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I can understand why Russia would want a spaceport on their own territory.

But when you look at where Vostochny is located, it looks like there are other, more southern, parts of Russia with their own benefits.

Most obviously, if they're building way out in Siberia, there's a lot of Russian territory right south of Vostochny, in the direction of Vladivostok. Surely there must be some advantages to putting it on the ocean, allowing parts and fully assembled rockets to be shipped there.

Or, instead, there's the bit of Russia that dips down toward Georgia, between the Black and Caspian seas. I'm sure it would be nice to be closer to European Russia, where a lot of the equipment is probably manufactured.

I know there are many more considerations than just latitude (some are listed in this answer). I'm wondering which ones led to their decision. Does the Vladivostok region have bad weather? Is the Black/Caspian sea region too unstable? I know Chechnya's there, but I don't know about the rest of the region.

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  • $\begingroup$ For Russia, putting the base on the coast has no advantage for any of their current rocket designs. They were designed to be transported by rail. $\endgroup$ – Hobbes Jun 28 '18 at 8:36
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Some considerations were:

  • The launch site should be as far in the south as possible, being near the same latitude as Baikonur was deemed favorable. (You are right, there are places in Russia that are even further south but they suffer from disadvantages that outweigh the latitude advantage.)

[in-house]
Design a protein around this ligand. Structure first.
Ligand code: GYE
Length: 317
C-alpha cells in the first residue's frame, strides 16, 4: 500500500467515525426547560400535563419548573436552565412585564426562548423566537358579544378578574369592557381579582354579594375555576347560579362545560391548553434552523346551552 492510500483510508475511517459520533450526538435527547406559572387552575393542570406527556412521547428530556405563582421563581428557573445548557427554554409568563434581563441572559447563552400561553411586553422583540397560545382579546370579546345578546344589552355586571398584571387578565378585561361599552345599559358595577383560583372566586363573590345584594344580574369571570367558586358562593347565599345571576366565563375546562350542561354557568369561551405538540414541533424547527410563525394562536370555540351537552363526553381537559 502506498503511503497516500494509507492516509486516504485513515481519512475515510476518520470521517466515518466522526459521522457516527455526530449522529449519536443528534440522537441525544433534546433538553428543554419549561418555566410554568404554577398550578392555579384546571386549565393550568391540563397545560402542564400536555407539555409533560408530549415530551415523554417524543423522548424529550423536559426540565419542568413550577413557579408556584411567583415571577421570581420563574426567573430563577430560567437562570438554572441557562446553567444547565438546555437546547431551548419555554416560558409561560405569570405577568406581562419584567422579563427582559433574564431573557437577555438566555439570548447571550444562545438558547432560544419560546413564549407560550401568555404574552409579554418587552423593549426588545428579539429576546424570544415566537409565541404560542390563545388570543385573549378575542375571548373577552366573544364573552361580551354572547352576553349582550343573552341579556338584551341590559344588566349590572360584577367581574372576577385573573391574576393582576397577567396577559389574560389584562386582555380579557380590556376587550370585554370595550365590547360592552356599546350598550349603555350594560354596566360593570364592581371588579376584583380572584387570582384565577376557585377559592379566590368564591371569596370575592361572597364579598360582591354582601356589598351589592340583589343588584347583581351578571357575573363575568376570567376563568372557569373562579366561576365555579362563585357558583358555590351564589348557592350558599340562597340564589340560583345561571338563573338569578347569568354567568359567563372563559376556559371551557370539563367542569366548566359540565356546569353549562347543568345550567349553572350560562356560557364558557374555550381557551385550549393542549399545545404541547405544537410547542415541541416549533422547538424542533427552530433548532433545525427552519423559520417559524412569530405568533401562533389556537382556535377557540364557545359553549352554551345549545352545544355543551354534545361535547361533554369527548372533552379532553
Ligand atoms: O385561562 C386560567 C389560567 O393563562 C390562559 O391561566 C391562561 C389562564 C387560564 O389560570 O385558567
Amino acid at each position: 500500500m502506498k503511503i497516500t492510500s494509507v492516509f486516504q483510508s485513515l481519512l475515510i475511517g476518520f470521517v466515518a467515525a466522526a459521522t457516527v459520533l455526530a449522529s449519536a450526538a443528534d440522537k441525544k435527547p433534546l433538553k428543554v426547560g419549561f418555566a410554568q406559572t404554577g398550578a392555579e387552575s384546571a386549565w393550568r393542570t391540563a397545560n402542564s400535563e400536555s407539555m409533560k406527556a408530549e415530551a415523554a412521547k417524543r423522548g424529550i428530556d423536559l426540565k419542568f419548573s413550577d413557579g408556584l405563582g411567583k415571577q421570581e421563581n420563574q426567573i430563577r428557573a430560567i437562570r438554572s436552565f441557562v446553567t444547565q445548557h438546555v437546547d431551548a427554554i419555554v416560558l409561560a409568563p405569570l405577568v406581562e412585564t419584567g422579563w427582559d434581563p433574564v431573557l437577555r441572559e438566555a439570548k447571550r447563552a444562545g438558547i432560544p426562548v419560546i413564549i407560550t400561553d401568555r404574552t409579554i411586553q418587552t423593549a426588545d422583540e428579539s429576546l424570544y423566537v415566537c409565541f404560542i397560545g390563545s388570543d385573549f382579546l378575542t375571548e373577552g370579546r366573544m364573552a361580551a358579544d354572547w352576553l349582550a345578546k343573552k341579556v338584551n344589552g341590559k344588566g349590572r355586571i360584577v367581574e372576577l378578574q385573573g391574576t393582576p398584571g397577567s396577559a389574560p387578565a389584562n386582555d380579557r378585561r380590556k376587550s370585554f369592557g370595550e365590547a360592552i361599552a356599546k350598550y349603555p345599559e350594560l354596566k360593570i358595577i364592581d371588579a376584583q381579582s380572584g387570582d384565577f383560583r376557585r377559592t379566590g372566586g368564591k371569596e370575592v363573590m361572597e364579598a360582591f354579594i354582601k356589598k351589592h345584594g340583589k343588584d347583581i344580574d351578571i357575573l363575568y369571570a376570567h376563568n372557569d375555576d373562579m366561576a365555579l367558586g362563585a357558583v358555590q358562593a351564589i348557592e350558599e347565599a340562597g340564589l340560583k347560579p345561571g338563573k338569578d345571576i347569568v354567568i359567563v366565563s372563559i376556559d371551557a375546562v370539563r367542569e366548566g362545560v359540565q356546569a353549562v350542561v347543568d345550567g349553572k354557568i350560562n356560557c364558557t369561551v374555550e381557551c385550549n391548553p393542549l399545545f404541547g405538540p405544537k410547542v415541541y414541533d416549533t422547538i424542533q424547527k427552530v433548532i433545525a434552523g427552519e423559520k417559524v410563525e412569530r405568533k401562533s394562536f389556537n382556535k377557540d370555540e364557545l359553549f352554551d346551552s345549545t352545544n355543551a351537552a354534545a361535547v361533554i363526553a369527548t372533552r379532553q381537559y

• Launch routes from Vostochny don't lead over territory of other states. Launching near Georgia would lead over Kazakhstan and could create political problems on launch failure (also when dropping first stages).
  • Vostochny (formerly Svobodny Cosmodrome) is a former strategic missile base. So some infrastructure was already in place, including housing for workers, railways and power lines.
  • Can be reached via major railway networks.
  • The area is sparsely populated, as well as the potential rocket launch routes, reducing the risk for people during launches. Stages can still be dumped into the ocean.
  • Vladivostok was also under consideration but was rejected. I don't remember why, but according to Wikipedia the proximity to the ocean seemed to create problems (instead of providing an advantage). Hopefully someone else can explain why.

(IIRC, the whole search for an alternative launch location is described in more detail in Anatoly Zak's great book "Russia in Space".)

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I couldn't find any tecnical info, but in this russian-language article there is Putin's citation. Accordind to it yes, Vladivostok area was considered initially and yes, the weather was the main concern.

"Сначала предложили место на берегу Тихого океана, недалеко от Владивостока, на побережье. Чуть строить там не начали. Но потом эти же эксперты сказали: "Нет". У американцев на мысе Канаверал постоянно откладывают то посадку, то пуск в связи с погодой, так как возле океана много проблем, поэтому лучше на континент перебраться".

translation:

At first they proposed a place on the shore of the Pacific Ocean, not far from Vladivostok, on the coast. The building had almost began. But then the same experts said: "No". Americans on the Cape Canaveral constantly postpone landings and starts besause of weather as near ocean there are many problems, therefore it is better to move to the continent.

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